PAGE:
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Building Institutional Capacity in Thailand to Design and Implement Climate Programs


A centerpiece of the Integrating Agriculture in National Adaptation Plans Programme (NAP-Ag) in Thailand is its support to develop a new five-year Strategy on Climate Change in Agriculture (2017-2021). This is spearheaded by the Ministry of Agriculture and Cooperatives (MOAC) and its Office of Agriculture Economics (OAE). The strategy was unveiled after a series of meetings by a Technical Working Group at a three-day workshop held on 23-25 November 2016 in Bangkok, organized by UNDP.

Over 60 participants from each MOAC line department and 10 participants from academia and civil society were briefed by the Office of the Natural Resources and Environmental Policy and Planning (ONEP) and GIZ on the status of the National Adaption Plan (NAP) and learned how NAP-Ag programme efforts could support a broader NAP process and align with the Sector Plan. The new strategy focuses on improving evidence and data for informing policy choices, building the capacity of farmers and agri-businesses to adapt, promoting low-carbon development and productivity growth in the sector, and building institutional and managerial capacities to cope with climate change impacts.

High-level policy discussions between MOAC, UNDP and FAO representatives on how the new sector climate strategy could catalyze more risk-informed plans, and institutional caps identified through baseline studies on budgeting and programming planning, were followed by a technical training workshop. This workshopfocused on building skills to design and appraise projects to improve their feasibility and justification to the Bureau of the Budget.

Post-conference surveys revealed that most participants learned a lot about Cost–Benefit Analysis (CBA) and climate change adaptation, and they thought these skills would be highly relevant to their daily work. They underscored an appreciation for knowledge about the eight steps to conduct a CBA analysis and how various methodologies for adaptation planning could be applied to program and project feasibility. Participants showed interest in extended learning on these topics through more hands-on training and case studies on agriculture.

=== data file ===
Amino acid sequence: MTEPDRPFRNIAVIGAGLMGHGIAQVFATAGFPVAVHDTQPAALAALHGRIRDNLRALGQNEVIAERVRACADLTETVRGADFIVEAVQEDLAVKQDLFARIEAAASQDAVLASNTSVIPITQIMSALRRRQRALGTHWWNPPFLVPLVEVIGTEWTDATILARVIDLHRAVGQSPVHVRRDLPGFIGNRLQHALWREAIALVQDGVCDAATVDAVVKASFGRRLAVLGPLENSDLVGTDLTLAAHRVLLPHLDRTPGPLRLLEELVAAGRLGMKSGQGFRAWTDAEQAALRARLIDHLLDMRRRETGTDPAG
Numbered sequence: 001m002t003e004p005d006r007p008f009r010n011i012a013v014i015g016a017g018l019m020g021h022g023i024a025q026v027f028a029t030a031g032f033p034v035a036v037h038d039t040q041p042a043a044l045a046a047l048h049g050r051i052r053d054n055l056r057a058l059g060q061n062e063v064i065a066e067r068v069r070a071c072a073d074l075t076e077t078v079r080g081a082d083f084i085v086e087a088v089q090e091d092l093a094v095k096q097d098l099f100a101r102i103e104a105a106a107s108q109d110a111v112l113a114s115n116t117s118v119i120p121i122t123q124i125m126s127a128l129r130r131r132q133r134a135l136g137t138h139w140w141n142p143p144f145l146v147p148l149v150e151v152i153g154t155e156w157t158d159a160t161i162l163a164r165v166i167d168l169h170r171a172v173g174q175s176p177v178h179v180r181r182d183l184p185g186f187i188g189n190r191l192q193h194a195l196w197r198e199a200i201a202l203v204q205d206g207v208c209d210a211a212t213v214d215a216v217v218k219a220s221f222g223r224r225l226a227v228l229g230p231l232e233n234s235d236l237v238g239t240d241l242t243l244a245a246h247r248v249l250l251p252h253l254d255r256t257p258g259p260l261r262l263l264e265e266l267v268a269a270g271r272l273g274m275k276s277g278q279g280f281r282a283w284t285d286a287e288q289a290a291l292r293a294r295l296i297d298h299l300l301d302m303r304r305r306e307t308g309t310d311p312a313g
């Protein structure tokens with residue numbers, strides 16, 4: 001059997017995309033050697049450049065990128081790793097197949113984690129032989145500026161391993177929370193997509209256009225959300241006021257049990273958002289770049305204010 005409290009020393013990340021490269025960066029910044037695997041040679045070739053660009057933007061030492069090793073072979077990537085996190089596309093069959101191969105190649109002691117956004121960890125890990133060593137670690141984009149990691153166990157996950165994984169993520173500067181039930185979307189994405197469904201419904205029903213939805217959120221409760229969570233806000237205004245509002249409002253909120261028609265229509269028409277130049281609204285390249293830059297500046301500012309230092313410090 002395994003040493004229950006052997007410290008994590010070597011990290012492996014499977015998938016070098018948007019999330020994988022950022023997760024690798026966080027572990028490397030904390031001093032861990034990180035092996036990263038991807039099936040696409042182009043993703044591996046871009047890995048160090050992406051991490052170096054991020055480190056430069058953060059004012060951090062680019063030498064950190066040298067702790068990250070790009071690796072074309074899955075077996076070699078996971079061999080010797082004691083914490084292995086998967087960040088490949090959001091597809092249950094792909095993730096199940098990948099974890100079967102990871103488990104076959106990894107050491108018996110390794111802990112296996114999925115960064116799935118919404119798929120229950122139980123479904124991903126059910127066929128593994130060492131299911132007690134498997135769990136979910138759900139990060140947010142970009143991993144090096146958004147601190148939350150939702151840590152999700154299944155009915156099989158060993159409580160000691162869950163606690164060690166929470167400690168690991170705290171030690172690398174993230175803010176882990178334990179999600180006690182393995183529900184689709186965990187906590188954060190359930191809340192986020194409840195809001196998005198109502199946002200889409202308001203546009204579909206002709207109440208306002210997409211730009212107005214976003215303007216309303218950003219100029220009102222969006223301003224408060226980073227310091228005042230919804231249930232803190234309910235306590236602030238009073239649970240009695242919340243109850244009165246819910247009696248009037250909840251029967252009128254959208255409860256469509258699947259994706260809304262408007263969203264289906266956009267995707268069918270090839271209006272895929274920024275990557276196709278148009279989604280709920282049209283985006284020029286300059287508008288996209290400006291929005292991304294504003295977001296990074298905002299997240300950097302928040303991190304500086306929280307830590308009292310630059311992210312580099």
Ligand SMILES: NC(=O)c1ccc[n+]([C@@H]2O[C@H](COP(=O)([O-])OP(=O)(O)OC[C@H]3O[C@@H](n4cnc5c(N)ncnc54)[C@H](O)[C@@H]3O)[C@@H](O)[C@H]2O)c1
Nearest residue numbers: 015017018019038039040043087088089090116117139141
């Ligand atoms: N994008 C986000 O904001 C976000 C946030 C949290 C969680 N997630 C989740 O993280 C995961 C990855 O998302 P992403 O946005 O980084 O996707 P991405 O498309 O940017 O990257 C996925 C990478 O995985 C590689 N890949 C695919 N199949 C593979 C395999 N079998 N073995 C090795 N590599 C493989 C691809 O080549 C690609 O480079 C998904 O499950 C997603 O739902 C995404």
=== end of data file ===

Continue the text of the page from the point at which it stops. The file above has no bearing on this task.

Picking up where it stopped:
• Somsak Topool (Fishery Department): This CBA workshop is very useful for decision making for budget allocation purpose.  The workshop was conducted in a stepwise manner and I am interested to have more advanced training on this subject.
  • Pongsakorn Tangsiamwanit (Royal Irrigation Department): This workshop enhanced my existing knowledge of CBA already used for project appraisal at RID.  I’ve refreshed the CBA knowledge and have clearer understanding of the concept and application.
  • Supakunya Kanchanakuha (Office of Agricultural Economics): The workshop is certainly useful for the prioritization of programmes and projects under the MoAC climate change strategy.   It will be useful if a more advanced training is undertaken to shed more light on both direct and indirect benefits.







Outlining the steps of cost-benefit analysis

Introduction to CBA

CBA steps and expertise

CBA steps 1-3

CBA step 4

CBA step 5

CBA step 6

CBA step 7

CBA step 8

Resources Available in Thai




NAP-Ag Thailand Training